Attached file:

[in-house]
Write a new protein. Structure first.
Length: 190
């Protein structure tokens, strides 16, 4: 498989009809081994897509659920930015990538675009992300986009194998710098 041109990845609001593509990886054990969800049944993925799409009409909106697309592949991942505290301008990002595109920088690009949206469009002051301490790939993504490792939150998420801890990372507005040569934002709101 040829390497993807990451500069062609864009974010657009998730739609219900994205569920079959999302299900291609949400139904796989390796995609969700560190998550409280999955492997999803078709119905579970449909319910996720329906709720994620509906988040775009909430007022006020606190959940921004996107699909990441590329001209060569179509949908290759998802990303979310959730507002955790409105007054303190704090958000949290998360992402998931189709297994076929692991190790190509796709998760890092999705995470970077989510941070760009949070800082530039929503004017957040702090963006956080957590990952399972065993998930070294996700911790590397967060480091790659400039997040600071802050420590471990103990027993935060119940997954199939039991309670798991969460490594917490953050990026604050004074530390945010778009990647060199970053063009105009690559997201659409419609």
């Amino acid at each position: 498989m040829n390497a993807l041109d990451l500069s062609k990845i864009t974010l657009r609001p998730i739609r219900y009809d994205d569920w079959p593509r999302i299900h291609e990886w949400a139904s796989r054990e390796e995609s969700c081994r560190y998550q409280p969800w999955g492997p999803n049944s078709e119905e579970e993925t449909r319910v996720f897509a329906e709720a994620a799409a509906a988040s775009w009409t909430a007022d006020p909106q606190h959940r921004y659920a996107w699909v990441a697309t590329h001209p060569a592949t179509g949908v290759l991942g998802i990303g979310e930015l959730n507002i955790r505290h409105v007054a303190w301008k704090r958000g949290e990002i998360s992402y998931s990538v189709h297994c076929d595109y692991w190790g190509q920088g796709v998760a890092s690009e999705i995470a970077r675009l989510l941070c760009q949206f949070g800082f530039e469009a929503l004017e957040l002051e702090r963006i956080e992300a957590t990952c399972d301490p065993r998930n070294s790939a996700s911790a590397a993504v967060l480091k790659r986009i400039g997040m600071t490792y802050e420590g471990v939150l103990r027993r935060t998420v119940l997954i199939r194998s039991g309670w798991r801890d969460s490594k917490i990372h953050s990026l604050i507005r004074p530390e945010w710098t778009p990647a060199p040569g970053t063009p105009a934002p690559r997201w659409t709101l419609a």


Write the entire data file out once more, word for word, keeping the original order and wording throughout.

[in-house]
Write a new protein. Structure first.
Length: 190
């Protein structure tokens, strides 16, 4: 498989009809081994897509659920930015990538675009992300986009194998710098 041109990845609001593509990886054990969800049944993925799409009409909106697309592949991942505290301008990002595109920088690009949206469009002051301490790939993504490792939150998420801890990372507005040569934002709101 040829390497993807990451500069062609864009974010657009998730739609219900994205569920079959999302299900291609949400139904796989390796995609969700560190998550409280999955492997999803078709119905579970449909319910996720329906709720994620509906988040775009909430007022006020606190959940921004996107699909990441590329001209060569179509949908290759998802990303979310959730507002955790409105007054303190704090958000949290998360992402998931189709297994076929692991190790190509796709998760890092999705995470970077989510941070760009949070800082530039929503004017957040702090963006956080957590990952399972065993998930070294996700911790590397967060480091790659400039997040600071802050420590471990103990027993935060119940997954199939039991309670798991969460490594917490953050990026604050004074530390945010778009990647060199970053063009105009690559997201659409419609």
């Amino acid at each position: 498989m040829n390497a993807l041109d990451l500069s062609k990845i864009t974010l657009r609001p998730i739609r219900y009809d994205d569920w079959p593509r999302i299900h291609e990886w949400a139904s796989r054990e390796e995609s969700c081994r560190y998550q409280p969800w999955g492997p999803n049944s078709e119905e579970e993925t449909r319910v996720f897509a329906e709720a994620a799409a509906a988040s775009w009409t909430a007022d006020p909106q606190h959940r921004y659920a996107w699909v990441a697309t590329h001209p060569a592949t179509g949908v290759l991942g998802i990303g979310e930015l959730n507002i955790r505290h409105v007054a303190w301008k704090r958000g949290e990002i998360s992402y998931s990538v189709h297994c076929d595109y692991w190790g190509q920088g796709v998760a890092s690009e999705i995470a970077r675009l989510l941070c760009q949206f949070g800082f530039e469009a929503l004017e957040l002051e702090r963006i956080e992300a957590t990952c399972d301490p065993r998930n070294s790939a996700s911790a590397a993504v967060l480091k790659r986009i400039g997040m600071t490792y802050e420590g471990v939150l103990r027993r935060t998420v119940l997954i199939r194998s039991g309670w798991r801890d969460s490594k917490i990372h953050s990026l604050i507005r004074p530390e945010w710098t778009p990647a060199p040569g970053t063009p105009a934002p690559r997201w659409t709101l419609a």